Making space for more

David and I took a break from inside work to head outside and tidy up.  While I was helping my sister with her patio garden last week, I purchased a flat of marigolds.  Those marigolds have been staring at me every day, waiting to get in the ground. Marigolds are great companion plants. We tried growing them from seed, but they’ve been taking forever.

While I planted, David got to work at hacking back our herb garden.  Rosie was glad when we finished, because we created her a great little shady spot to hang out.

I also took some of the herb cuttings to make herb vinegars.  We made chive blossom vinegar earlier this year, and it’s been fun to use in salad dressings (and it’s bright pink).  Today we made three different vinegars: tarragon, rosemary and chive blossom vinegar.  These will hopefully go to the next food swap, although we may just keep them for salad dressings.

We’ll need lots of dressing soon, as the cucumbers are starting to take off.  20140615-144956-53396854.jpgThe mint was trimmed the other day.  A few pieces are flowering.  Our mint seems to always attract more flies than bees. 20140615-144958-53398190.jpgFinally some of our tomatoes are coloring up.  The cherry tomatoes are also coming. 20140615-144952-53392522.jpgThe blackberries are red. I wonder how long until they get darker. Notice the strawberry in the background? We’ve been eating a few a week.20140615-144951-53391716.jpgThe onions are actually starting to look more onion shaped! I’ve been pulling some to use as we need. We think we’re going to pull a bunch to bring to the produce exchange this weekend.  We have way more than we need, especially since it seems like these won’t be good storage onions.20140615-144955-53395033.jpgIn the front yard, the Thai Red Roselle is getting bigger. This is our first year growing this crop. We just learned that if we want to make hibiscus/ Red Zinger tea, we’ll need to wait until they flower and then grab the calyx from each flower. I planted marigolds and salvia under them to help keep the area looking a little more colorful.20140615-144949-53389857.jpgOur peppers are starting to flower, finally.  They were stunted for so long. Here’s a flower!20140615-144950-53390874.jpgThe peppers in the raised bed still have a ways to go.  Today I sprinkled herb seeds, such as Thai basil, parsley, dill and cilantro, in this area.  Hopefully they’ll take. Oh, this is also where we planted okra, which hasn’t done well for us the past two years. We have seeds, so it’s worth another try.20140615-144953-53393361.jpgThere’s one section of the sideyard, which never gets watered. We planted drought tolerant plants there earlier this year. I suppose the little water we’ve given them recently have encouraged them to flower, as they all look great right now!20140615-145000-53400922.jpgThis verbena we grew from seed last year, and then transplanted earlier this year.  Remember it was taking over under the apricot tree last summer?20140615-144959-53399374.jpgOur roses are flowering again as well. I love having a hedge of roses. 20140615-144954-53394188.jpg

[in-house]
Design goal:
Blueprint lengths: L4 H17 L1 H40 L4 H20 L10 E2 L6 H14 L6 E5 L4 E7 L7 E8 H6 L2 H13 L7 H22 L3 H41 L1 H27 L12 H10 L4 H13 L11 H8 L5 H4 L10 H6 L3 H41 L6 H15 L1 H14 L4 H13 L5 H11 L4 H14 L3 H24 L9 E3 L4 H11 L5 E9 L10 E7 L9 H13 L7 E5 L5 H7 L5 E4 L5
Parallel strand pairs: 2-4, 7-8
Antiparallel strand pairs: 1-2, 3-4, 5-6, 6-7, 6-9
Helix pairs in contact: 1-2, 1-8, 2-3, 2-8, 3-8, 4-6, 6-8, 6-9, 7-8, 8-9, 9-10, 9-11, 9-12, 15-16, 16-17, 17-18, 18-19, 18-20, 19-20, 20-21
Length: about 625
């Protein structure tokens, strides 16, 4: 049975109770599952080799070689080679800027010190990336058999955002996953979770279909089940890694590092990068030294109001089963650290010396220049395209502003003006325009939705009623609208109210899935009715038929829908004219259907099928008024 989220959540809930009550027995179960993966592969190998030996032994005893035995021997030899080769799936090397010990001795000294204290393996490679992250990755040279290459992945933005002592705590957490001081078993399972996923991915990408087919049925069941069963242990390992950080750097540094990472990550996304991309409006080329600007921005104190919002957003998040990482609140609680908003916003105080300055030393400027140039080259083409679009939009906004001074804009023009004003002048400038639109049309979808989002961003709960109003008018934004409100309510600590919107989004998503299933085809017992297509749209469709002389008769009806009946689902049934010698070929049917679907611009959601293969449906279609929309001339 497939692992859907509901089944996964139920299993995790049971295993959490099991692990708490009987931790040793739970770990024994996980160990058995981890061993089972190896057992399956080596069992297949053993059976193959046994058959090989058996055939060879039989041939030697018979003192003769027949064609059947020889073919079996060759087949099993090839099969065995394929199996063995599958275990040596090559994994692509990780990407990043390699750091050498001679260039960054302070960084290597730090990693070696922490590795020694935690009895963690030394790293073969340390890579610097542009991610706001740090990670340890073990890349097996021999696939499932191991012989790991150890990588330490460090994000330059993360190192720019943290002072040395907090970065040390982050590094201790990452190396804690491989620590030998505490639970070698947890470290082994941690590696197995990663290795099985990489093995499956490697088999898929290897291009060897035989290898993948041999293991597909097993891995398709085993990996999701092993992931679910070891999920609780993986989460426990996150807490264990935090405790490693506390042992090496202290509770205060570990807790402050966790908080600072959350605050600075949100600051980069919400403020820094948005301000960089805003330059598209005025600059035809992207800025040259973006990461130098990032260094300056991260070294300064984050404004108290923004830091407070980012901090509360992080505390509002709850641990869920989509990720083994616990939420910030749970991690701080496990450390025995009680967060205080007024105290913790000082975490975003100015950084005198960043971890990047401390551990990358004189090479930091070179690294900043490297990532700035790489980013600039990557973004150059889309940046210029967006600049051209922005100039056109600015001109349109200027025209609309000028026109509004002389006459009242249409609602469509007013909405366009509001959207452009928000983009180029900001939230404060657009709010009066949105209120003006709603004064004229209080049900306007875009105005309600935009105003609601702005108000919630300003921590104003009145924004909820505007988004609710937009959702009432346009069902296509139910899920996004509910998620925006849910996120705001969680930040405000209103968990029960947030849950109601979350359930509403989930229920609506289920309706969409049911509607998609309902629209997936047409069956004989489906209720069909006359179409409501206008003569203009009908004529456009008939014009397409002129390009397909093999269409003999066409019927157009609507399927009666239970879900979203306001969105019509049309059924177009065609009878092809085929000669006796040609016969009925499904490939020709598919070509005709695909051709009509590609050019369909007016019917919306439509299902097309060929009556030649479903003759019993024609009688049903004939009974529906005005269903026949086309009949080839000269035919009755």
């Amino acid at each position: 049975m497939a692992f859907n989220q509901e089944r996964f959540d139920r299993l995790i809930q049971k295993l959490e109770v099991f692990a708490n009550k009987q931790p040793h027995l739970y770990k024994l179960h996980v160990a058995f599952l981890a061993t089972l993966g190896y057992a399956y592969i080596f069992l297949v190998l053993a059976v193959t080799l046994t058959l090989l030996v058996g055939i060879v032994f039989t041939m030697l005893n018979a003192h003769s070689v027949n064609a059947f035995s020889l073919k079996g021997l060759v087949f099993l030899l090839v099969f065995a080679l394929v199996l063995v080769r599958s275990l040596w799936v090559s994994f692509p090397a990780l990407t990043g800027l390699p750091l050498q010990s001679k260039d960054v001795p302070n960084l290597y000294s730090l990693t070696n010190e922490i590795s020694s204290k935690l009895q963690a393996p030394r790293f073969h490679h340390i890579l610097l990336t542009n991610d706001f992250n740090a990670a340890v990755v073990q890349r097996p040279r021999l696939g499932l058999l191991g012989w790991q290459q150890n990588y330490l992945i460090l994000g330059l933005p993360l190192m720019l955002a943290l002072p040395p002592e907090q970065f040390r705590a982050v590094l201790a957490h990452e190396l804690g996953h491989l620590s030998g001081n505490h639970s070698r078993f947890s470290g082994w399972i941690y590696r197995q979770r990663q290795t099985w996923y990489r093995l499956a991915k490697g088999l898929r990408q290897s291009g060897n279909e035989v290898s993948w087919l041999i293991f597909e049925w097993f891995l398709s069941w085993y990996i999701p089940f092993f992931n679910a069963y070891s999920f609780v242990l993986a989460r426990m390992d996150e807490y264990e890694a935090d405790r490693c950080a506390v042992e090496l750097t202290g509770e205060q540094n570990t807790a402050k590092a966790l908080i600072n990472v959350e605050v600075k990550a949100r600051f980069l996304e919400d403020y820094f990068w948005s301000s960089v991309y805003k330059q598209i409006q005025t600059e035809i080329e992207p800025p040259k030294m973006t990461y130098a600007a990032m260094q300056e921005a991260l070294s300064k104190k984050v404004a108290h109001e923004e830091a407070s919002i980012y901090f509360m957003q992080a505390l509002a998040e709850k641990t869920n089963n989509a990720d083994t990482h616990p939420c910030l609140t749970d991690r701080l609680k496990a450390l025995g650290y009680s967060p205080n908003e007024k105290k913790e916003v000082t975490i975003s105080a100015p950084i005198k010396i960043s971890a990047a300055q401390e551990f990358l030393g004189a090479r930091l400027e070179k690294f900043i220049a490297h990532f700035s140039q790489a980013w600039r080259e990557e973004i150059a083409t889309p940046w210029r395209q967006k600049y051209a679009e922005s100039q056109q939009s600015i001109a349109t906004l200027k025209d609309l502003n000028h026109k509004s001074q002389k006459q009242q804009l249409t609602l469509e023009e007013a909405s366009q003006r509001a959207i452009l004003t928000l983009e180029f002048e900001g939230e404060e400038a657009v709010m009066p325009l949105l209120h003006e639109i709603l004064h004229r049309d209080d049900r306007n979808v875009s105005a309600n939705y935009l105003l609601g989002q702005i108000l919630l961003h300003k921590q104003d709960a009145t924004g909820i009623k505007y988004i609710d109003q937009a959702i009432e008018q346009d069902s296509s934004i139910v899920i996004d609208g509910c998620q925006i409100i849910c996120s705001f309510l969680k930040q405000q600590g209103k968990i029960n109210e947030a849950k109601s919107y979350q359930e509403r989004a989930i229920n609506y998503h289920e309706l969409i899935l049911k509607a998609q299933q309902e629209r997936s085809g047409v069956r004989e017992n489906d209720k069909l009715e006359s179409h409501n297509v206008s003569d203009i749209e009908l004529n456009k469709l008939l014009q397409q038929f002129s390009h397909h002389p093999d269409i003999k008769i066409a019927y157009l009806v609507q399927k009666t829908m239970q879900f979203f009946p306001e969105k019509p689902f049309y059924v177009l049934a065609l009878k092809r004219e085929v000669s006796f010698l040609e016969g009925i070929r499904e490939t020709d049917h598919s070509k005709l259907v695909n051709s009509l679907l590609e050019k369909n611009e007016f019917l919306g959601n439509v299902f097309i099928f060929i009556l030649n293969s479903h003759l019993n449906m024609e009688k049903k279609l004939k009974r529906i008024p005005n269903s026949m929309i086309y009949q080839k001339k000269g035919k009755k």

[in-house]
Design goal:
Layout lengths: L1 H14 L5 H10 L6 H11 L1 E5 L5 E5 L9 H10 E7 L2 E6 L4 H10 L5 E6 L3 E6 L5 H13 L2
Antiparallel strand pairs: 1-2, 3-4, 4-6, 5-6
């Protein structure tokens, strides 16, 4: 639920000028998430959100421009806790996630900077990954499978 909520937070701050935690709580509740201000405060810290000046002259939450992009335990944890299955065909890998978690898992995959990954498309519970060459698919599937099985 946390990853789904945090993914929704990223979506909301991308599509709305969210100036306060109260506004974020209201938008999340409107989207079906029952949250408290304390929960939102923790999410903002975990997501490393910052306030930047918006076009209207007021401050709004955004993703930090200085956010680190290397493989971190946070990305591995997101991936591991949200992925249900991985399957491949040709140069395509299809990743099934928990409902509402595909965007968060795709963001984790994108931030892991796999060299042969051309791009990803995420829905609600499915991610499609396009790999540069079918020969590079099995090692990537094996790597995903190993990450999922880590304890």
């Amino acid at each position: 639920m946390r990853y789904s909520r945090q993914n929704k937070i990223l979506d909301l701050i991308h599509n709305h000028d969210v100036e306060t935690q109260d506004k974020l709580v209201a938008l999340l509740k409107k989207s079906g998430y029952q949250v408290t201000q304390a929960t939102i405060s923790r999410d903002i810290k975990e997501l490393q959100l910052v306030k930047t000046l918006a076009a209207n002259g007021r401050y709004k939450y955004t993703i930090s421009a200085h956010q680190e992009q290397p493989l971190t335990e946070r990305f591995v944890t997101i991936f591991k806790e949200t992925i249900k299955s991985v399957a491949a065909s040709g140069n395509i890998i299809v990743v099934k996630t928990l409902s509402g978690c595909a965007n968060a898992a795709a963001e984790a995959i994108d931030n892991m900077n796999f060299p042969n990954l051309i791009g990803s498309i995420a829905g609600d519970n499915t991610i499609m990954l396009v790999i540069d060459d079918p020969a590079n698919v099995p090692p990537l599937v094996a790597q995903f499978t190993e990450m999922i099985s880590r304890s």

Waiting is the hardest part

These days when I look around the garden, I see so much potential.

I see heirloom tomatoes for sandwiches, bruchetta and tomato sauce.20140607-140813-50893575.jpgI see red zinger tea from our Thai Red Roselle.20140607-140816-50896893.jpg

I see roasted Black Cherry tomatoes in our freezer. 20140607-140812-50892677.jpgI daydream about fresh cucumber salads, pickles and relishes.20140607-140811-50891854.jpgI question what this mystery squash is, and hope that it’s a melon!20140607-140818-50898663.jpgRosie waits with me, hoping that I’ll throw the ball for here in the meantime.20140607-140810-50890981.jpg

Most of the strawberries have past (with holes in the them), but now that there’s straw protecting them from bugs, we wait for strawberries to mature.  Of course, there are blackberries that we’re waiting for as well.20140607-140815-50895985.jpgThe various hot peppers got a late start, so we wait for them. How much fish emulsion does it take to speed them up?20140607-140814-50894684.jpg

And we wait for eggplants, to be turned into Indian and Mediterranean dishes for our al fresco summer meals. 20140607-140819-50899478.jpgLuckily, the ladybug is waiting for aphids on the eggplant. I guess waiting can be useful.20140607-140820-50900295.jpgWaiting to see what our mystery compost squash will create.  The bed is starting to climb up, but there are no female flowers (that I can find) yet.20140607-140822-50902449.jpg

And we wait for zucchini and basil. We waited too long to plant ours, and they became a little stunted.  With watering and fish fertilizer, they’ve started to grow bigger, so soon we may get flowers. 20140607-140821-50901245.jpg

What a great harvest we will have!

I can’t wait!

 

Memorial Day Garden Tour

This garden season began with sifting the compost.  We applied it generously to the beds, hoping it would replenish the nutrients in the soil.

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Look at all the worms in our compost!  It’s great to have a giant worm bin.  See the worm egg in the picture below? However the downside is that the seeds that are in our composted food are still viable; we’re constantly picking baby squash and tomato plants out of the garden.